Harrington and Lawrie just two off lead in Malaysia

Dublin duo in with chance of victory in weather-affected event

Ireland’s  Peter Lawrie in action during the Maybank Malaysian Open in Kuala Lumpur. Photograph; Ian Walton/Getty Images

Ireland’s Peter Lawrie in action during the Maybank Malaysian Open in Kuala Lumpur. Photograph; Ian Walton/Getty Images


The Irish pair of Pádraig Harrington and Peter Lawrie put themselves in a great position to claim victory in the weather-affected Malaysian Open after the vent was reduced to 54 holes due to continued suspensions in Kuala Lumpur.

The Dublin duo are both on nine under, two shots behind Thailand’s Kiradech Aphibarnrat and one behind South Africa’s Charl Schwartzel.

After posting a second round of three-under 69 to add to his opening 68, Lawrie was two under through five holes of his third round when play was suspended.

Harrington carded a 68 in his second round and also picked up two shots in the four holes he completed of his third, and now final round. The leading group of Aphibarnrat and Schwartzel got through two holes of their final rounds.

Aphibarnrat, fourth in the Avantha Masters last week, was two clear at the halfway stage after completing the last nine holes of his second round this morning, eight pars and one birdie giving him a 68 and 11-under-par total of 133.

He maintained that cushion when both he and Schwartzel birdied the first hole of their third rounds, but dropped a shot on the next after driving into the rough.

Schwartzel, who saved par from a greenside bunker on the second, was then about to play his third shot to the par-five third when the sirens sounded to indicate an approaching thunderstorm and the threat of lightning in the area.

One star name missing was that of world number three Luke Donald, who had earlier missed the first halfway cut of his professional career in a regular European Tour event after adding a 73 to his opening 74.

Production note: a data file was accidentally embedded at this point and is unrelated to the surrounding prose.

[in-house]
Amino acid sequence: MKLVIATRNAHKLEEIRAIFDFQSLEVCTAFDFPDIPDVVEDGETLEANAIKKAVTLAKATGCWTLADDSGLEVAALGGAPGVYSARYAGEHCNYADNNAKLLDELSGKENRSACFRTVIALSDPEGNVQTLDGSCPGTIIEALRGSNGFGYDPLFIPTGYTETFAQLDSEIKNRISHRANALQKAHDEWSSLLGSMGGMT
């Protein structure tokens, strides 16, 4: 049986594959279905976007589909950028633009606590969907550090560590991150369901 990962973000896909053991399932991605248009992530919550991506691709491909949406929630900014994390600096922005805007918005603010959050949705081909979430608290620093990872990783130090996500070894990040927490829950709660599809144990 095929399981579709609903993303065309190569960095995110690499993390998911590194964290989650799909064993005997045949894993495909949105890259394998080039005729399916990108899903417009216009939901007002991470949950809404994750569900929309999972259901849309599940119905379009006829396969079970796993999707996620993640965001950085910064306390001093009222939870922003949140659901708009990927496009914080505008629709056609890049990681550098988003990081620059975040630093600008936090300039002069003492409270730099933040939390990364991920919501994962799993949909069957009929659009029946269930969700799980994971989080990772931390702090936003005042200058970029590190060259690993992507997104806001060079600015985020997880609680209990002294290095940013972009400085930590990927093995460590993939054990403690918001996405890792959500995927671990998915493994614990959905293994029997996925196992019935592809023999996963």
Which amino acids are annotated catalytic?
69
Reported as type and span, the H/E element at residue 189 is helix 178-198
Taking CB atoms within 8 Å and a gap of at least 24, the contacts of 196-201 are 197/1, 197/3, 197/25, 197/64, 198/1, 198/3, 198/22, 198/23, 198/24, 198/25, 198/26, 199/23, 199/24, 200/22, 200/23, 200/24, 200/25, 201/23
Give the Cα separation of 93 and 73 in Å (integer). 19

“I’ve got a couple of weeks off to get ready for Augusta (the US Masters ) and I’ll obviously be very diligent in my preparation,” said Donald, who had got back to level par for the tournament yesterday, but ran up a double-bogey seven on the 10th today in a back nine of 39.

“I would have loved to go back home in form, but in golf you just never know. We’ve seen it many times before when people go into tournaments with very little form and win, including Majors. So you just have to keep plugging away and hope it’s your turn.

“The greens here are very different from what I play on. They are a little slower than what I’m used to and I just didn’t adjust or adapt to them.

“I just couldn’t read them for the life of me. I’d think it was right to left and it went the other way. I got John (his caddie) to read a few too and we were seeing the same things.

“Tee to green I wasn’t that far off. But it’s the first time I’ve missed the cut in a regular European Tour event since I’ve been a pro. So I’m very disappointed for myself and disappointed for the fans who have come out to watch me.”